Ranking of “Dirtiest Hotels” Based on User Ratings is “Unverifiable Rhetorical Hyperbole”–Seaton v. TripAdvisor (Partial Forbes Cross-Post)

By Eric Goldman

[This is another situation where I’m posting the first draft of this post here and linking to the Forbes version, which reads a little differently. As always, I welcome feedback about which version you liked better.]

Seaton v. TripAdvisor, LLC, 3:11-cv-549 (E.D. Tenn. August 22, 2012)

TripAdvisor compiles its user ratings into an annual ranking of the top 10 “dirtiest hotels.” Not surprisingly, hotels making the list don’t feel very honored. The 2011 loser, the Grand Resort in Pigeon Forge, Tennessee, sued TripAdvisor for defamation and related claims. Concluding that the “dirtiest hotels” ranking constituted non-actionable opinion, the court dismissed the case on a 12(b)(6) motion to dismiss.

This opinion necessarily gets into the messy distinction between objective facts and subjective opinions. (James Grimmelmann recently explored this ground in some detail, although I wasn’t completely satisfied with his treatment). The underlying user ratings clearly are the users’ opinions; these ratings may be coupled with objective statements that could be actionable (the court gives an example where a user says the hotel’s bathtub was caked with a half-inch of dirt). TripAdvisor then layers its own content onto the user ratings. For example, it said that 87% of its users recommended against staying there, another statement of fact.

But what about just the rankings themselves? I believe TripAdvisor made an objective statement that of its ranked hotels, Grand Resort had the lowest numerical score for cleanliness. Grand Hotel doesn’t seem to be contesting TripAdvisor’s numerical computations. It seems that Grand Hotel is contesting TripAdvisor’s choice of the word “dirtiest,” perhaps enhanced by the numerical ranking which lends a veneer of objective precision to the list. The court rejects this line of thinking, saying “neither the fact that Defendant numbers its opinions one through ten, nor that it supports its opinions with data, converts its opinions to objective statements of fact.”

The court then says that reasonable consumers would not interpret these types of rankings as facts:

TripAdvisor’s list is of the genre of hyperbole that is omnipresent. From law schools to restaurants, from judges to hospitals, everything is ranked, graded, ordered and critiqued. Undoubtedly, some will accept the array of “Best” and “Worst” rankings as impenetrable maxims. Certainly, some attempt to obfuscate the distinction between fact and opinion as part of their course of business. For those that read “eat here,” “sleep there” or “go to this law school” and are unable to distinguish measured analysis of objective facts from sensational “carnival barking,” compliance will be both steadfast and assured. Nevertheless, the standard, fortunately, is what a “reasonable person” would believe. A reasonable person would not confuse a ranking system, which uses consumer reviews as its litmus, for an objective assertion of fact. It does not appear to the Court that a reasonable person could believe that TripAdvisor’s article reflected anything more than the opinions of TripAdvisor’s millions of online users.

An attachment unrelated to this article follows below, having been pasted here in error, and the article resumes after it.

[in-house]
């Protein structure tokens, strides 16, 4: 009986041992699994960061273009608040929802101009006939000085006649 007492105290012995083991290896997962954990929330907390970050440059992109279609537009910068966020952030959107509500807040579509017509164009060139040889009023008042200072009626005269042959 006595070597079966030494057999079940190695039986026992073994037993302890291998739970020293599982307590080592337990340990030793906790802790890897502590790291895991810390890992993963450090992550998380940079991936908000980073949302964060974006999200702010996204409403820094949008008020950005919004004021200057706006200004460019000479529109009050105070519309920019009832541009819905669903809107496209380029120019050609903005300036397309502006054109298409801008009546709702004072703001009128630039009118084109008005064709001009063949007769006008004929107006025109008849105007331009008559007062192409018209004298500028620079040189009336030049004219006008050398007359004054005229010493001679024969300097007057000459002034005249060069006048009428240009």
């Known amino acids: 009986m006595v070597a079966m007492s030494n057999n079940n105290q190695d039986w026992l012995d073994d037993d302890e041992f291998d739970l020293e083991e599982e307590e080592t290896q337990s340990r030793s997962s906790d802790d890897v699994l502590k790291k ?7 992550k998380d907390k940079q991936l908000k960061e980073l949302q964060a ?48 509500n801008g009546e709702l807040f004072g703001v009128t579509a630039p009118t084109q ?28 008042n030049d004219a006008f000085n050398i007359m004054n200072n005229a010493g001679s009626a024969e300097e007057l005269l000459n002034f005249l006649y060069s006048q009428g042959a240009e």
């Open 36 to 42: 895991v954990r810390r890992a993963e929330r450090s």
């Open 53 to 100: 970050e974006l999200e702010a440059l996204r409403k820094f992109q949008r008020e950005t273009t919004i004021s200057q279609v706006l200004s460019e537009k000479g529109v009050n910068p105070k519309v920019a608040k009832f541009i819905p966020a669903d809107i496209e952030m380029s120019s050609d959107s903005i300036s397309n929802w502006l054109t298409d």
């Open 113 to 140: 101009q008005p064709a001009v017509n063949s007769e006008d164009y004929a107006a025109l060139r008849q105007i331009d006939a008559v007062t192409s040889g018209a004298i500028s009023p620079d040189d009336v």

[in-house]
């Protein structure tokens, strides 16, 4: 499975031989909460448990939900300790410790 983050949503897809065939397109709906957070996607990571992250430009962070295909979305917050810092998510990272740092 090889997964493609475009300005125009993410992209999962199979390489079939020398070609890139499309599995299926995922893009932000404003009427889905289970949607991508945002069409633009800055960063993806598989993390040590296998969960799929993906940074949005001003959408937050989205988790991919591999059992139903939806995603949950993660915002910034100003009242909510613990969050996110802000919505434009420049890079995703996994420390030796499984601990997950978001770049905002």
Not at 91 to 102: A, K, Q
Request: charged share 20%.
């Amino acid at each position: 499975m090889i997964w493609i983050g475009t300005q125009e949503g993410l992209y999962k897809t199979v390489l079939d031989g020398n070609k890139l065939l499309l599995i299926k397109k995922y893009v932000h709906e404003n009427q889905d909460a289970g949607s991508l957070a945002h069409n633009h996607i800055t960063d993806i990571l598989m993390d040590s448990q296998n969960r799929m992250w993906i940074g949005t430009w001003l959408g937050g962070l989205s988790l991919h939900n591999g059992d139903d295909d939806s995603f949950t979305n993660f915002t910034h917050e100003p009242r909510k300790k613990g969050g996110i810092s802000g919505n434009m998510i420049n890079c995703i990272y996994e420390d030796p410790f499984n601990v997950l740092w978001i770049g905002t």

That’s not to say that the judge is a fan of consumer reviews:

though TripAdvisor’s method of arriving at its conclusions, unverified online user reviews, is a poor evaluative metric, it is not a system sufficiently erroneous so as to be labeled ‘defamatory” under the legal meaning of the term.

Two general observations about this ruling:

1) This is a great ruling for user-generated content (UGC) sites that compile various rankings of user subjective views. So long as they make it clear that user opinions are the source material, it seems like UGC sites can go quite far in packaging user ratings and providing lists of top/bottom performers without fearing defamation liability for that distillation.

2) In particular, this ruling is a great complement to 47 USC 230, which otherwise immunizes websites for user content. In light of terrible language in the initial Ninth Circuit Roommates.com opinion, we feared that websites would shy away from gathering and providing structured data from users. Those fears partially ameliorated after the Ninth Circuit wiped away its initial ruling, but nevertheless, plaintiffs have continued to hammer websites for their characterizations of user content. This ruling bridges the gap: even if Section 230’s immunity isn’t available for a website’s distillation of structured data provided by users, the website should still be able to avoid defamation liability because its compilation isn’t a “fact.”